Jun 27 2019
Jan. 4, 2016 - Niagara-on-the-Lake, Trevor Falk, McNab Rd & Scott St. Photo Credit - Denis Cahill

People often assume that warm climate wine regions experience more success than cool climate wine regions. We’re here to put this rumour to rest! The truth is, both regions face their own challenges when it comes to growing wine grapes. In the end, mother nature calls the shots.

Cool Climate Wine Regions

Ontario is considered a cool climate wine region, with our wine producing regions sitting at a latitude between 41° to 44° north. We share approximately the same latitude as Burgundy, France, another major cool climate wine producing region. Grapes grown in this climate typically don’t ripen as quickly as warmer climates, which results in lower natural sugar levels and higher acidity. This is one of the reasons why Ontario makes some of the world’s finest, crisp, and refreshing white wines!

Common obstacles that cool climate regions face is late spring and/or early fall frost, and short or cool summers, which hinders the ripening of grapes. In Ontario, we are fortunate enough to be surrounded by the Great Lakes, which offsets the challenging effects of being a cool climate region. This is due to the Great Lake effect.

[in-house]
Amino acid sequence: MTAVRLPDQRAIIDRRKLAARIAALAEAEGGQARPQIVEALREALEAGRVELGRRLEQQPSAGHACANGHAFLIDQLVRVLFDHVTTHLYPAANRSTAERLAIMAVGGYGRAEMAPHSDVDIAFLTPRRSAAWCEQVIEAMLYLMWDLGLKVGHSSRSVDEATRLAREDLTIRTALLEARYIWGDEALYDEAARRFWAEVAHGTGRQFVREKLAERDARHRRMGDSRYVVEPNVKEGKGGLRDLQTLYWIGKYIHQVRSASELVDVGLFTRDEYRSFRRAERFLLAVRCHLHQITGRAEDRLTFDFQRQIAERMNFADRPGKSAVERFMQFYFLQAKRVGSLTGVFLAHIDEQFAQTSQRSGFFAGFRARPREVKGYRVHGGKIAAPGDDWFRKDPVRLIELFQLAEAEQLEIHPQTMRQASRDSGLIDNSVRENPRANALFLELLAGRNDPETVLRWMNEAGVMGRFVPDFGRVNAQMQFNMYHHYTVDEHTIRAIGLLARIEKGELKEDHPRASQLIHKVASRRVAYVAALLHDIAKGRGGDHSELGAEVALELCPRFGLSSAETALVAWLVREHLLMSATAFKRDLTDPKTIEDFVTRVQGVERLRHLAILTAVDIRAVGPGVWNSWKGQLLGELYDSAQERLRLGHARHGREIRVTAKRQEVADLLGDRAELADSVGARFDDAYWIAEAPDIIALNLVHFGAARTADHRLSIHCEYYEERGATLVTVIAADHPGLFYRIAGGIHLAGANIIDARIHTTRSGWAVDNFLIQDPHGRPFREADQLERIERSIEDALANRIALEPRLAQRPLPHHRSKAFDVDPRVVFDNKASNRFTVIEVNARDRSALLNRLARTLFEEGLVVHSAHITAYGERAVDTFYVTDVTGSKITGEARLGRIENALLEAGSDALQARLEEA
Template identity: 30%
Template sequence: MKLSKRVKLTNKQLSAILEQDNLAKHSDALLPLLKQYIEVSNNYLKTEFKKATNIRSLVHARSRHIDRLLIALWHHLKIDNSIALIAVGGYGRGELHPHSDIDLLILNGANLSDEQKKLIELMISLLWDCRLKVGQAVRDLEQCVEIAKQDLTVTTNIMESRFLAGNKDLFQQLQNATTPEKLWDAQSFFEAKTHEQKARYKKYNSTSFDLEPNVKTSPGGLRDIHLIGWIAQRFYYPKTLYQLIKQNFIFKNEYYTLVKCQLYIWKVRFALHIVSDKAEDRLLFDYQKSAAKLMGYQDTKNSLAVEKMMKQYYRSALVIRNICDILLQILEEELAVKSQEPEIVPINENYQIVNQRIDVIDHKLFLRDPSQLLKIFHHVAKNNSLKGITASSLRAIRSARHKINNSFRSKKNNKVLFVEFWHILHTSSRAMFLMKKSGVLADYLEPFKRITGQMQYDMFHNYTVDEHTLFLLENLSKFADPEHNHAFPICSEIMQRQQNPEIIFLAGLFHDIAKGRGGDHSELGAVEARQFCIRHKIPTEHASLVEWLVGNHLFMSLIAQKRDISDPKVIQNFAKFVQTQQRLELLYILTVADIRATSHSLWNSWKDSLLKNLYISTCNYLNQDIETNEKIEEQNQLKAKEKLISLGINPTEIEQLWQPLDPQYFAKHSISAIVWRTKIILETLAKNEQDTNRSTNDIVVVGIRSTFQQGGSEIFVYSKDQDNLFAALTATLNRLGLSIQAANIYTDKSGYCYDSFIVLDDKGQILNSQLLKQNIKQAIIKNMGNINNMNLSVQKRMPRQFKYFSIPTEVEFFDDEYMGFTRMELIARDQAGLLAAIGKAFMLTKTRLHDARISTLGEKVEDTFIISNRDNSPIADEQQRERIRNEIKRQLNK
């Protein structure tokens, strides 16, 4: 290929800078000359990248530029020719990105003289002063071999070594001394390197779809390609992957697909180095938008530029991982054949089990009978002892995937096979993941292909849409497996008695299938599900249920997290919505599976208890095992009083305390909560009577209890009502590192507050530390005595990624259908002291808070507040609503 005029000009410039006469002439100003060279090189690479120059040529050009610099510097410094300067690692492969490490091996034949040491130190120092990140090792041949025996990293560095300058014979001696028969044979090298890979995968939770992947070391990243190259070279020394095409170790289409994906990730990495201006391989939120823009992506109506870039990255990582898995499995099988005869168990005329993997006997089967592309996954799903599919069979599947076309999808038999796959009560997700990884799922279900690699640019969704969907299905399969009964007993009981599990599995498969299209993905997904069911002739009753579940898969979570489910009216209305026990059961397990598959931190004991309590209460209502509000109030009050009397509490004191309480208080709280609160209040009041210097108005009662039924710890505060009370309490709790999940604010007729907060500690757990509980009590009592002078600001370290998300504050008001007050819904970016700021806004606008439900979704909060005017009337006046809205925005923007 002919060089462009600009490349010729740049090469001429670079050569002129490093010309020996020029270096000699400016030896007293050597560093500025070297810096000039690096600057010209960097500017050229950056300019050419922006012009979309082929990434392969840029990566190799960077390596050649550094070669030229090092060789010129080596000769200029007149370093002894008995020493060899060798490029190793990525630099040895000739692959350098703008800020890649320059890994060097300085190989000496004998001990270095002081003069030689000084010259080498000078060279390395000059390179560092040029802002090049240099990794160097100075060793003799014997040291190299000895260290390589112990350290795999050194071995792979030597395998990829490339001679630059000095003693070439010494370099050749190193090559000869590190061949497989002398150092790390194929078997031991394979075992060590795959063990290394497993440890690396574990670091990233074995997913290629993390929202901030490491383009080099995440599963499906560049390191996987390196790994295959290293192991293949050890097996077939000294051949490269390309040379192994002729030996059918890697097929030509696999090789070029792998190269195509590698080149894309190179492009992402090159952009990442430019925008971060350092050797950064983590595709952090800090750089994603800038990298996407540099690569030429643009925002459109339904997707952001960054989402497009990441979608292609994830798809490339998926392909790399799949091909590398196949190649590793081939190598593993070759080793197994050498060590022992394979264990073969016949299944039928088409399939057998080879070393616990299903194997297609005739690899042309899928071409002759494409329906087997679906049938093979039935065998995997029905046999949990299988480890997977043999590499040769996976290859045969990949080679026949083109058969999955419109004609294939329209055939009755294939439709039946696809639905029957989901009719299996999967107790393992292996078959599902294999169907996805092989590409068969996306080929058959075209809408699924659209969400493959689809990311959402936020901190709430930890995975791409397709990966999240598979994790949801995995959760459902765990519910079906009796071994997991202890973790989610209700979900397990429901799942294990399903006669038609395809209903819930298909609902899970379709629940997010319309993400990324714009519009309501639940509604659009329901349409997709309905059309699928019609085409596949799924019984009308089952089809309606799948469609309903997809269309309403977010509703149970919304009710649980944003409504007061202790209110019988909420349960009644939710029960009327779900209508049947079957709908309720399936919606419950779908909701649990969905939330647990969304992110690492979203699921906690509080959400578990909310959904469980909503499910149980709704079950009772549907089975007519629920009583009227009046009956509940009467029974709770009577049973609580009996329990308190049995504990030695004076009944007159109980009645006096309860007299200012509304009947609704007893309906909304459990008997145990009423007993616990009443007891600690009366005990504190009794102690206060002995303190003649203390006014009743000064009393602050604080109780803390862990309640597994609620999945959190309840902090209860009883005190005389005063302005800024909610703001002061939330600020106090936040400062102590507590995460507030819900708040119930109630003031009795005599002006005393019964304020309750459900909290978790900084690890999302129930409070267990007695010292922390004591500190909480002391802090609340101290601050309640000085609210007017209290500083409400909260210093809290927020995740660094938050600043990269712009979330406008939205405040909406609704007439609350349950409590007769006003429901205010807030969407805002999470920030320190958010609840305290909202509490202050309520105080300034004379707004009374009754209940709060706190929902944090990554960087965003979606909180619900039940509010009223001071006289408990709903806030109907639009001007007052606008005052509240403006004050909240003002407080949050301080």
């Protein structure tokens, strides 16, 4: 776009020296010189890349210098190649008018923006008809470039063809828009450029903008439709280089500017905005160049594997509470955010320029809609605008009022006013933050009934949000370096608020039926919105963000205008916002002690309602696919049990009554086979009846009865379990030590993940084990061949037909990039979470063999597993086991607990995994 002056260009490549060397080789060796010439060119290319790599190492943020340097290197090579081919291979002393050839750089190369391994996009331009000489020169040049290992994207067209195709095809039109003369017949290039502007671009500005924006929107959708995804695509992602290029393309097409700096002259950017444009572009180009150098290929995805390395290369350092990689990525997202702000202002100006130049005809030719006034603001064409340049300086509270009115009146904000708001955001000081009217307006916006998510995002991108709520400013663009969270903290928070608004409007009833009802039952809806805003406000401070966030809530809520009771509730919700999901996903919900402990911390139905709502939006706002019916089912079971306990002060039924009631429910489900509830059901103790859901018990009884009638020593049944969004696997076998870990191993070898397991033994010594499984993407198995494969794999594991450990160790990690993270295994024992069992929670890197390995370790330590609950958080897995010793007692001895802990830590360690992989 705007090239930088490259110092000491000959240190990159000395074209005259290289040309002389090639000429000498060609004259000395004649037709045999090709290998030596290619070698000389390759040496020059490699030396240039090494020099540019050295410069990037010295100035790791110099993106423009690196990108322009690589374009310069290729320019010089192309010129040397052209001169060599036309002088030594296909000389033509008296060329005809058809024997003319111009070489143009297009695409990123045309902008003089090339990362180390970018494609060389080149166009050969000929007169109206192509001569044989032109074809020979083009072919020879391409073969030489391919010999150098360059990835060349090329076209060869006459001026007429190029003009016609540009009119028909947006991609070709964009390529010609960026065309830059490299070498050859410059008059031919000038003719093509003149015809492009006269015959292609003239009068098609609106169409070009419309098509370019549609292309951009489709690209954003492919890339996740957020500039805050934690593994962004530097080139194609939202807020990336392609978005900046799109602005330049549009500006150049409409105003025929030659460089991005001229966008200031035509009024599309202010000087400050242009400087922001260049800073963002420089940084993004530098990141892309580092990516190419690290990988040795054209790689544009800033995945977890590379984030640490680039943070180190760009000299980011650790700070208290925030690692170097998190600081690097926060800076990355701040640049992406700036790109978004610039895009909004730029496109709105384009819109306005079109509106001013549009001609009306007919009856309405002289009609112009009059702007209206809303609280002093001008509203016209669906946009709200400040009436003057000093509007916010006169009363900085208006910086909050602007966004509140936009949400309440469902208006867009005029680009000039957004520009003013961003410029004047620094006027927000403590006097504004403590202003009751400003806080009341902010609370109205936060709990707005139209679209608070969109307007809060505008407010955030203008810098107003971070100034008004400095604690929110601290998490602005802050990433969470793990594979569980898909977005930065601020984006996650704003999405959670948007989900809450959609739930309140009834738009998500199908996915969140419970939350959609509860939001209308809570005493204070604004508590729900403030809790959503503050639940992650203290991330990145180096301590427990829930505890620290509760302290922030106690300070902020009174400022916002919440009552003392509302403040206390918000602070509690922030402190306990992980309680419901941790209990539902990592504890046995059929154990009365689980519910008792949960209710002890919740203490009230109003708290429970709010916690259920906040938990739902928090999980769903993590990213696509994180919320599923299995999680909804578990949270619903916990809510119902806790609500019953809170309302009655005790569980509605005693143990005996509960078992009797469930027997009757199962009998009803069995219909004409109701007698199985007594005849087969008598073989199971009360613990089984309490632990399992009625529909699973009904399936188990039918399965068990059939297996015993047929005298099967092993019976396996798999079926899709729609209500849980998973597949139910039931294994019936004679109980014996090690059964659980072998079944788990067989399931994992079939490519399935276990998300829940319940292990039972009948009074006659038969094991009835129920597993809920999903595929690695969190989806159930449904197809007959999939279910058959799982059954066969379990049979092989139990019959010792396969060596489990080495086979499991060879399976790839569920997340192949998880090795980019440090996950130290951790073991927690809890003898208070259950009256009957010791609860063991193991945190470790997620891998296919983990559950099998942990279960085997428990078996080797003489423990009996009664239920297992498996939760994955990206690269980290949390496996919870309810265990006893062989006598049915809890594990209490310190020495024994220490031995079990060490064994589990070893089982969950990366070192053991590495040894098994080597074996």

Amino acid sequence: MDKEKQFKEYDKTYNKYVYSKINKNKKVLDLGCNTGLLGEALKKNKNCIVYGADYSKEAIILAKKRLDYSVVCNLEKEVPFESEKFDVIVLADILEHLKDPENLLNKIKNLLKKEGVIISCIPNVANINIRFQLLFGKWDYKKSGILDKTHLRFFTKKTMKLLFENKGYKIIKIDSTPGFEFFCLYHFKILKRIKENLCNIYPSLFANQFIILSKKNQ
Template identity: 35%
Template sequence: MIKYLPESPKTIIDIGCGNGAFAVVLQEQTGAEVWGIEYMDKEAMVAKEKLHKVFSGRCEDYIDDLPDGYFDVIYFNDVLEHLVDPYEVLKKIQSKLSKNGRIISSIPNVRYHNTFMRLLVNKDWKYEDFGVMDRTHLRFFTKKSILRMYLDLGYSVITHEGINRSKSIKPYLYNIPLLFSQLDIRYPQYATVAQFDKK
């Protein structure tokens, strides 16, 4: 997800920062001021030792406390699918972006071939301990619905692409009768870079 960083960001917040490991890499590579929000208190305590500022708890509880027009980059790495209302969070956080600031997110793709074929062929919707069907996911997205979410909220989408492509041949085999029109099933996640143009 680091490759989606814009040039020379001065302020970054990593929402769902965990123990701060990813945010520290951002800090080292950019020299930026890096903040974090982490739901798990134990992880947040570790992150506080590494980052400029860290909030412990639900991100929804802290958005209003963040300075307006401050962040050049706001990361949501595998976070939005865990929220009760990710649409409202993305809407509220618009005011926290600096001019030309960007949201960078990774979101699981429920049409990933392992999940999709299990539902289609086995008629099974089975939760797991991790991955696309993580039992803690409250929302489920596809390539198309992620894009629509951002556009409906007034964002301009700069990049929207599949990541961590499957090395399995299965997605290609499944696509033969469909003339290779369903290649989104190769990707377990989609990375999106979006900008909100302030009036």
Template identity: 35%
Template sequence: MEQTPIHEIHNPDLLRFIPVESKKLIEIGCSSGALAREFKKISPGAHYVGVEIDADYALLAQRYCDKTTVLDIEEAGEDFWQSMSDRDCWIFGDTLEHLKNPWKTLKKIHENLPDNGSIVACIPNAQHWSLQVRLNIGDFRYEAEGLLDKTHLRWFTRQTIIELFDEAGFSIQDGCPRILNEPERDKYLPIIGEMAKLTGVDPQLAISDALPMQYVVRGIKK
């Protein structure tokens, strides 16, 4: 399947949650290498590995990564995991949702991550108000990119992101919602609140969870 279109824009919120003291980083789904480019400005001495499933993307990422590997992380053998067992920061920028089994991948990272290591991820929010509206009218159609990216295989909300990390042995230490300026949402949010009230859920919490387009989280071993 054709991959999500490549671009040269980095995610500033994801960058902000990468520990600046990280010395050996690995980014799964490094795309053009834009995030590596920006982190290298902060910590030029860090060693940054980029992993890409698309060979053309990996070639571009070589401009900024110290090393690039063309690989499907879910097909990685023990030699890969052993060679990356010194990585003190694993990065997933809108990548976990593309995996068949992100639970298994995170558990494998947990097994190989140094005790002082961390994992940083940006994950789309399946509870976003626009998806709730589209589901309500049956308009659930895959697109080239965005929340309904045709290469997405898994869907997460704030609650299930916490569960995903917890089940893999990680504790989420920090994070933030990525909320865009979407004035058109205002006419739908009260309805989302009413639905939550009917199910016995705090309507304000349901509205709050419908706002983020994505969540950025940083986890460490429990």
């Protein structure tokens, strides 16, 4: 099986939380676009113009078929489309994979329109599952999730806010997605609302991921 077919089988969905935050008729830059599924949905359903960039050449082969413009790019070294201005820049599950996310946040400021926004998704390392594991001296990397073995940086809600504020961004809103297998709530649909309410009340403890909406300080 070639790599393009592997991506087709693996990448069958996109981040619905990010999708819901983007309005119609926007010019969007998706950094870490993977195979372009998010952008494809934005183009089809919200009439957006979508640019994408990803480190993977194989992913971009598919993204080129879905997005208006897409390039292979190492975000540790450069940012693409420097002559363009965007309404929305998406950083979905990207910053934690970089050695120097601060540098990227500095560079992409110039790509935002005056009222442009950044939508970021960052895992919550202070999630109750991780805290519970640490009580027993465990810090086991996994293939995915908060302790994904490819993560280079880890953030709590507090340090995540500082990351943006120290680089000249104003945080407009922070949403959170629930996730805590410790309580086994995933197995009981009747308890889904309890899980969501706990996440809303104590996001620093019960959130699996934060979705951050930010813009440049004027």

A popular misconception is that cooler regions are too cold to ripen red grapes. Cool climate regions experience a very hot growing season, followed by a long fall with cool nights, allowing late-ripening red varieties such as Cabernet Franc to flourish. Other varietals that grow exceptionally well in cool climate wine regions include Riesling, Sauvignon Blanc, Pinot Gris, Gewürztraminer, Pinot Noir, Baco Noir, Merlot and Cabernet Sauvignon.

Warm Climate Wine Regions

Places such as California, Australia, and Southern Italy, just to name a few, are considered warm climate wine regions. Grapes grown in these regions experience more sunshine, consistent weather, and a longer fall ripening period, allowing the wines made from these grapes to have higher alcohol levels.

Warm climate wine regions often struggle with retaining acidity in the grapes, and keeping their wines tasting fresh. To solve this problem, winemakers add acid and even lower alcohol levels. Grapes grown in this warmer climate have thicker skins, leading to higher tannin levels.

Common varietals grown in warm climate wine regions include Zinfandel, Grenache, and Shiraz.

Sources: Ontario Canada, Wine Enthusiast, Wine Folly